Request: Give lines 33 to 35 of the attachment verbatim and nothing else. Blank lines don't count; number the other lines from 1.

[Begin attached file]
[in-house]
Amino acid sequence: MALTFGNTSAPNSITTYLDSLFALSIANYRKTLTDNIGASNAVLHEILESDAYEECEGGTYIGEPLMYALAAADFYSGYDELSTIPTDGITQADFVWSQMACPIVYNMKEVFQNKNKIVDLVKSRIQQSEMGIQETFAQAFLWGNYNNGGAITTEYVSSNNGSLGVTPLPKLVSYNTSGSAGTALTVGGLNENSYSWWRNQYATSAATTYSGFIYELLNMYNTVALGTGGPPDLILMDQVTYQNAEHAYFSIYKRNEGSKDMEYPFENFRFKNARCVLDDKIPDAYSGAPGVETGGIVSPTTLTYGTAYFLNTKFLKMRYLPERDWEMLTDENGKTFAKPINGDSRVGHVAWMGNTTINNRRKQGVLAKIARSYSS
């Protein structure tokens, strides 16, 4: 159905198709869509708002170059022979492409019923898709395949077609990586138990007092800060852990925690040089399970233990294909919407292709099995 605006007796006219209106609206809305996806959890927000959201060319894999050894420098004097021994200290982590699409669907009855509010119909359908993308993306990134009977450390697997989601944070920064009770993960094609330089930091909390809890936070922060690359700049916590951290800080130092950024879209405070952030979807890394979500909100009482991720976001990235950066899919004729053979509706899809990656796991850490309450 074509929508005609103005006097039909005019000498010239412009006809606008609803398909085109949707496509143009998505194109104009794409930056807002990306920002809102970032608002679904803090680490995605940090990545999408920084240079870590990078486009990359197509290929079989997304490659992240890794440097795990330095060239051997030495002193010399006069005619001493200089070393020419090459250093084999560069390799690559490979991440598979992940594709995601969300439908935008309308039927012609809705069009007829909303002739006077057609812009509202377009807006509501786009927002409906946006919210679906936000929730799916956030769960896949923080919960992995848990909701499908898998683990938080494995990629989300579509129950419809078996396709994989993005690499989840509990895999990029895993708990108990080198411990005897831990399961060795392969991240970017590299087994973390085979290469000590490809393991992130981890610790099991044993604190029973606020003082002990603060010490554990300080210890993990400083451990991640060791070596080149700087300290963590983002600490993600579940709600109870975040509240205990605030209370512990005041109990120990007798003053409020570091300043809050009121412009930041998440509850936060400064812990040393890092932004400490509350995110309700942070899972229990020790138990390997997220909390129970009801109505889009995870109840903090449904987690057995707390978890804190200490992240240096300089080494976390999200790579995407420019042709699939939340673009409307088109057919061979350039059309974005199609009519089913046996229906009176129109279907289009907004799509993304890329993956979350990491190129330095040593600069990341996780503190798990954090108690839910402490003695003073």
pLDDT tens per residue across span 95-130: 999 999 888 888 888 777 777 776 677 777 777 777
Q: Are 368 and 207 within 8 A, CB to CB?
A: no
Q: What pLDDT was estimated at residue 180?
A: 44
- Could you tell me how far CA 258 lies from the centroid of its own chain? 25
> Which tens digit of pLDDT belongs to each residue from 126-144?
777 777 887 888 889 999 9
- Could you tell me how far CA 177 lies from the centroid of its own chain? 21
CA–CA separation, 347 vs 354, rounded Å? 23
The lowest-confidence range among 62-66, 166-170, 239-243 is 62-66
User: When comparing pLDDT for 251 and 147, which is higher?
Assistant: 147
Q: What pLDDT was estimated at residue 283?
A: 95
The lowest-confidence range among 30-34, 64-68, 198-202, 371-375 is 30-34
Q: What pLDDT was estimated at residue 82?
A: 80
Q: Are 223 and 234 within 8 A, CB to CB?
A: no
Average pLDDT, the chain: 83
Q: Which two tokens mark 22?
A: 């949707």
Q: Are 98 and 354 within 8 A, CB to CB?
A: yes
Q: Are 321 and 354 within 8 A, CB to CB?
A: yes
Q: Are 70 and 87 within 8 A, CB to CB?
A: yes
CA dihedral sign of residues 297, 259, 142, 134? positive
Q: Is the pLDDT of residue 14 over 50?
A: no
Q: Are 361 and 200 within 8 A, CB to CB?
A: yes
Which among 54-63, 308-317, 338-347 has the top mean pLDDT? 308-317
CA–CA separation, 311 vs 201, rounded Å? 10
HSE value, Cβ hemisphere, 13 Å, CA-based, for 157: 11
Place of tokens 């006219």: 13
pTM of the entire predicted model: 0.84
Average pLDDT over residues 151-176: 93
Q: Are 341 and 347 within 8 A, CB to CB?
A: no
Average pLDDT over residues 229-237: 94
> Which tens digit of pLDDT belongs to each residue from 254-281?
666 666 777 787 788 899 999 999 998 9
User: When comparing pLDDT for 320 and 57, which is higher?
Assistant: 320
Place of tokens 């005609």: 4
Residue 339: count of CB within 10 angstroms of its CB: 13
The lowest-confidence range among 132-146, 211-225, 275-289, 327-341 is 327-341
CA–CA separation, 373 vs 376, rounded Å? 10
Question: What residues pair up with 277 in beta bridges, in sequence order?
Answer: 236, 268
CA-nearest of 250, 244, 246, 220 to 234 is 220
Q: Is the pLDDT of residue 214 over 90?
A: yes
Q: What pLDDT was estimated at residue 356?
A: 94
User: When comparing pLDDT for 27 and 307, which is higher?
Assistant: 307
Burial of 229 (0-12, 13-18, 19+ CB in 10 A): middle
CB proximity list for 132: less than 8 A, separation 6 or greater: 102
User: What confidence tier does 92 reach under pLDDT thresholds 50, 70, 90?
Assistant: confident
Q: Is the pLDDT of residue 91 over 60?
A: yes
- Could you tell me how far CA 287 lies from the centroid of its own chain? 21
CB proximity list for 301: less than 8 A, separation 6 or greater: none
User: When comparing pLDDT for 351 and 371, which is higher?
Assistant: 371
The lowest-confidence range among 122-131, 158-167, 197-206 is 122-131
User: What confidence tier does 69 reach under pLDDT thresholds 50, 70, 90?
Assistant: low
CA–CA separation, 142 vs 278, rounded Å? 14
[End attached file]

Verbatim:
CA dihedral sign of residues 297, 259, 142, 134? positive
Q: Is the pLDDT of residue 14 over 50?
A: no